They say we are self-interested, we’re always out to win.
Always individualistic, though it used to be a sin.
They say we need free markets, the better to compete,
and the economy will flourish if we only think of greed.
This is Economics 101, the way it’s taught today. Not a word about nature, community, caring, sharing, or cooperation.
During the mid 19th century, advances in science, democracy, education, literacy, public healthcare, labour unions, technological breakthroughs, banking, and the power of fossil fuels to generate rapid economic growth certainly made it seem that after ten thousand years of economic stagnation the competitive pursuit of profit was improving life for all. In the 1760s it took eighteen hours of human labour to transform a pound of cotton into cloth. By the 1860s it took one and a half hours. Today, it probably takes five seconds.
Continue reading The Birth of a New Cooperative Economy →
by Guy Dauncey
When the future teenager walks down the future Main Street in future Smalltown BC, be it Williams Lake, Smithers, Houston, Creston or Kimberley, which of these thoughts might she or he be thinking?
“I can’t wait to get out of this place—it’s so, like, basic.”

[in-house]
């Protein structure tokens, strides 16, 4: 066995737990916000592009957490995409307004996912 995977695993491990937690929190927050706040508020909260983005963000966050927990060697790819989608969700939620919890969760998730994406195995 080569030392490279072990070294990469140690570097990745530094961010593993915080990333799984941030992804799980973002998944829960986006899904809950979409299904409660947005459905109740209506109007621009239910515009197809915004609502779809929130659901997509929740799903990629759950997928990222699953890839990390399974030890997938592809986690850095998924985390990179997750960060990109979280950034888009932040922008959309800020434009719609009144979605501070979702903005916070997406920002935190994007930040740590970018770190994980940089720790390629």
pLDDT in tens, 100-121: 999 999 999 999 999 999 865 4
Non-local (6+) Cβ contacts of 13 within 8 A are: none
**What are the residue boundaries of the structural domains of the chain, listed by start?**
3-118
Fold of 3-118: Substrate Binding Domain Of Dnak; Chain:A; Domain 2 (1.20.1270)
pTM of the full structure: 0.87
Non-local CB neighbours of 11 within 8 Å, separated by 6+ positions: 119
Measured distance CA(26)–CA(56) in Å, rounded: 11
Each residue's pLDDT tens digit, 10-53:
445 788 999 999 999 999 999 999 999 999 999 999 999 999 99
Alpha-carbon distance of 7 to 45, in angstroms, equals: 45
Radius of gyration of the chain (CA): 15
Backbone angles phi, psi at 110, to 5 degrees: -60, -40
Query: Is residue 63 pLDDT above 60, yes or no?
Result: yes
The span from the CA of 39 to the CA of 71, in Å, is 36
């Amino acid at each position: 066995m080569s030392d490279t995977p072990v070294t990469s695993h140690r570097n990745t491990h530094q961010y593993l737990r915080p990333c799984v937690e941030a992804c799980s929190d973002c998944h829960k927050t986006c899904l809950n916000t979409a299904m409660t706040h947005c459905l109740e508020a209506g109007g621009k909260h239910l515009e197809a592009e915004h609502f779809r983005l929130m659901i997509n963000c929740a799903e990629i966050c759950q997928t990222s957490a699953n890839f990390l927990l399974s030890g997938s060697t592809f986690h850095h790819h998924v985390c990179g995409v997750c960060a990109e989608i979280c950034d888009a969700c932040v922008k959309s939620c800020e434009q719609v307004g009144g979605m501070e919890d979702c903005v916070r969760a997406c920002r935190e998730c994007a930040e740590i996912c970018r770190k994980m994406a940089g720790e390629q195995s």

“This place is so cool. I wish there was work, so that I could stay.”
“This place is so über-cool. My friends in the city are so jealous that I get to live, work and play here.”
British Columbia has many communities that built their economies around traditional resources that are now either collapsing or going into decline. Unless there’s a strong impulse for community economic renewal, there’s a risk that working people will leave and young people will follow, never to return.
Continue reading A New Economy for Small Communities →
by Guy Dauncey
CCPA Goods Jobs Economy in BC Conference, November 21, 2014
The slides that accompany this presentation can be found here: http://www.slideshare.net/GuyDauncey/a-green-cooperative-economy
The transition from a capitalist to a cooperative economy could be one of the defining achievements of the 21st century.
In history, everything changes. The foundations of capitalism were built by merchants and mercantilists in the 16th and 17th centuries in response to the oppressiveness of feudalism. It developed into full-fledged industrial capitalism in the 18th and 19th centuries, and into financial capitalism at the end of the 20th century, using global free trade, shadow banking and offshore tax havens to overpower and sidestep much government taxation, regulation and control. Continue reading Sixteen Building Blocks of a Green, Entrepreneurial, Cooperative Economy →